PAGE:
What parents want from physicians: Audiologists bridge the information gap for families of infants with hearing loss

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ASHA Leader





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Hearing screening has become a routine procedure for newborns. When parents learn that further testing is indicated, however, it can be difficult and anything but routine. The baby’s primary care physician is often the first professional to see the family following discharge, and is expected to provide parents with guidance, but not all physicians are familiar with hearing loss and the information parents need to obtain appropriate and timely follow-up for their children. Pediatric audiologists are well-positioned to support physicians’ informational needs and play a critical role in communicating with physicians and educational outreach—in short, to be the experts.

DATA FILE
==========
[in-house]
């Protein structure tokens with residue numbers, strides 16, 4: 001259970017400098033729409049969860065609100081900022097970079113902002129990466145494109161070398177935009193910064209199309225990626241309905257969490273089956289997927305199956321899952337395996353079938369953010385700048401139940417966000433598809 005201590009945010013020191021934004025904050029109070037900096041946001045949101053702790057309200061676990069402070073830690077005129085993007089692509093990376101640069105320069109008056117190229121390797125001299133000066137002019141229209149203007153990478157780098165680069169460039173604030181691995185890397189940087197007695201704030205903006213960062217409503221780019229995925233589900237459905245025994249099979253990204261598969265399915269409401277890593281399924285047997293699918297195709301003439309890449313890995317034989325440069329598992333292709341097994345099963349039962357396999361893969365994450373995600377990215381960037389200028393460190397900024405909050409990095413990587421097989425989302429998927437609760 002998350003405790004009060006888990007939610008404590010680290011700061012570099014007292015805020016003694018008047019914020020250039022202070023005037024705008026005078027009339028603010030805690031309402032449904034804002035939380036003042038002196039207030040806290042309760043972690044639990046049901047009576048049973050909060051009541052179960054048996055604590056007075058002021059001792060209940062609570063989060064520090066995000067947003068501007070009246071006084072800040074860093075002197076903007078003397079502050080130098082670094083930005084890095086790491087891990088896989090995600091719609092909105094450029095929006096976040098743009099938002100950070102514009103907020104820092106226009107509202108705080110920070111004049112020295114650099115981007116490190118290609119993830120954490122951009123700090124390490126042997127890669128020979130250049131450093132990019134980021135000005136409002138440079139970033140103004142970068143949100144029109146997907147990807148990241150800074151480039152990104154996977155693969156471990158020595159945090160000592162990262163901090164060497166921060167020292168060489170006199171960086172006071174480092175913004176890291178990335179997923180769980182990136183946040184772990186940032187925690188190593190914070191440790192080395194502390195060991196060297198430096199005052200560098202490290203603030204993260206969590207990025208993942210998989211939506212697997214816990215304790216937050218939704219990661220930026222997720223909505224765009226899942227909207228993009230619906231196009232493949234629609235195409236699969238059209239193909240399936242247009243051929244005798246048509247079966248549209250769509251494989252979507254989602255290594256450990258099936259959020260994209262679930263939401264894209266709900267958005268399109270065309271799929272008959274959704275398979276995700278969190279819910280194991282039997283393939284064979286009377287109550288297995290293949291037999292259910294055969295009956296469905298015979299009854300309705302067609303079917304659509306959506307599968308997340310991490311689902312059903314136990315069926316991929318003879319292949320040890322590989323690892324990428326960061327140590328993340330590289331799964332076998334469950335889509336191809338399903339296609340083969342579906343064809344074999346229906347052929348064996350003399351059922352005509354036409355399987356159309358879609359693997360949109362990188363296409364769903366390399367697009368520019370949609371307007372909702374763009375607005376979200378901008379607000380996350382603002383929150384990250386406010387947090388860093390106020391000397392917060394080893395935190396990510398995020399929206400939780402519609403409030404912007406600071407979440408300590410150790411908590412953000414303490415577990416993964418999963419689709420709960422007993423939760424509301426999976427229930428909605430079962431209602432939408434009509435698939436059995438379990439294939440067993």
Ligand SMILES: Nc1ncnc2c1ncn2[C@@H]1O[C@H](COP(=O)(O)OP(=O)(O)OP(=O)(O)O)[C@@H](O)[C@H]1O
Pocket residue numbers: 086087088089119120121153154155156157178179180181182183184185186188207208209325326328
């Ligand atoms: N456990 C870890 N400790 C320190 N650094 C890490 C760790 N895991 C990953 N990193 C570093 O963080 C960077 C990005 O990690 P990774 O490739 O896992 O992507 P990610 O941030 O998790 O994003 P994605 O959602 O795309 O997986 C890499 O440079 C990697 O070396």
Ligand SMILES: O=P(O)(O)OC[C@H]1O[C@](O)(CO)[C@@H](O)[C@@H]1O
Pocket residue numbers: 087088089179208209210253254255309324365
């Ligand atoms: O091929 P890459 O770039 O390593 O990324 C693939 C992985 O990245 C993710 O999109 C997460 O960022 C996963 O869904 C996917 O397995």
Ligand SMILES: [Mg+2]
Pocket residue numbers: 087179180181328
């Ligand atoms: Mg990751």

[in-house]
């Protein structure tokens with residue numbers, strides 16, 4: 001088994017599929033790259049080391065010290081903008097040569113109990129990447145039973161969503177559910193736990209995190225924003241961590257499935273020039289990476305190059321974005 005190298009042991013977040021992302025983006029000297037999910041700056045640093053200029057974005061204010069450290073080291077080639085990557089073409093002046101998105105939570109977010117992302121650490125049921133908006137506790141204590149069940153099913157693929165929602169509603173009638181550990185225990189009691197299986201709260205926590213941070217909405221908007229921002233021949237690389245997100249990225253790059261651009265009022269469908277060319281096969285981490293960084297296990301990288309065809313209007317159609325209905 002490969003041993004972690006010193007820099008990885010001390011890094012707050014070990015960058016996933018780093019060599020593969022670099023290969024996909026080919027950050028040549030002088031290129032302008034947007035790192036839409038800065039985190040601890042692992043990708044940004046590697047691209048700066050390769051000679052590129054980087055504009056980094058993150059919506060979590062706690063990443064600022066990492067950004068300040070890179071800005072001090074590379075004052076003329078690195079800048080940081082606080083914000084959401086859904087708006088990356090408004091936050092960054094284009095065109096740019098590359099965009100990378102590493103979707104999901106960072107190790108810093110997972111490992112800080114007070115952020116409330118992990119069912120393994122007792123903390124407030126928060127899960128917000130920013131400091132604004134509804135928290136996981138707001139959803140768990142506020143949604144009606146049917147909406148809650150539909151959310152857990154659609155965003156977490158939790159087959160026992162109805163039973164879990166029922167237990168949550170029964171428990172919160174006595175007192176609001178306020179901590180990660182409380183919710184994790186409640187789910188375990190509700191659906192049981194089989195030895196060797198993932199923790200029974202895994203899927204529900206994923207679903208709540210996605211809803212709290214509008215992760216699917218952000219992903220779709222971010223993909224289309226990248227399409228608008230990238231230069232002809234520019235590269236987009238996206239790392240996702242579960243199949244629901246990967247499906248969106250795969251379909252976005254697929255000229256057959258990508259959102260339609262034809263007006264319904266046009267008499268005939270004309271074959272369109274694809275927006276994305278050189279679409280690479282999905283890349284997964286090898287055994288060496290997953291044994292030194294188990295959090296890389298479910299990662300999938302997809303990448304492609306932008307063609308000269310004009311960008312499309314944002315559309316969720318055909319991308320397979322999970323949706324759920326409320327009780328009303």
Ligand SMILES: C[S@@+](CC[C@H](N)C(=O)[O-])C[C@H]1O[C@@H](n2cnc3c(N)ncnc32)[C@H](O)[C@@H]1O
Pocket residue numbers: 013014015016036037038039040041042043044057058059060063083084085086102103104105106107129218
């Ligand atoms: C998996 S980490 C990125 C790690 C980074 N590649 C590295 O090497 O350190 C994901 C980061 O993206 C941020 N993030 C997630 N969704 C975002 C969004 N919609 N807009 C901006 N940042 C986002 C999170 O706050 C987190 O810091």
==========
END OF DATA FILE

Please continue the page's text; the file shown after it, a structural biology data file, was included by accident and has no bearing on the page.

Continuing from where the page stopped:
Since the advent of universal newborn hearing screenings in 1993, the role of pediatric audiologists has expanded significantly and now routinely includes infants in need of services. Although the percentage of newborns screened for hearing loss in the United States has steadily increased in the last 15 years from fewer than 20% in 1997 to more than 95% in 2010 (White, Forsman, Eichwald, & Muñoz, 2010), the Centers for Disease Control and Prevention (CDC) reported that in 2005 and 2006, state early hearing detection intervention (EHDI) programs were unable to document the diagnostic findings for 65% of the infants who failed the hospital screening (Gaffney, Green, & Gaffney, 2010). Even though the increase in screening represents significant progress in the identification of hearing loss, efforts to connect families to services after failed newborn hearing screenings are not as successful.

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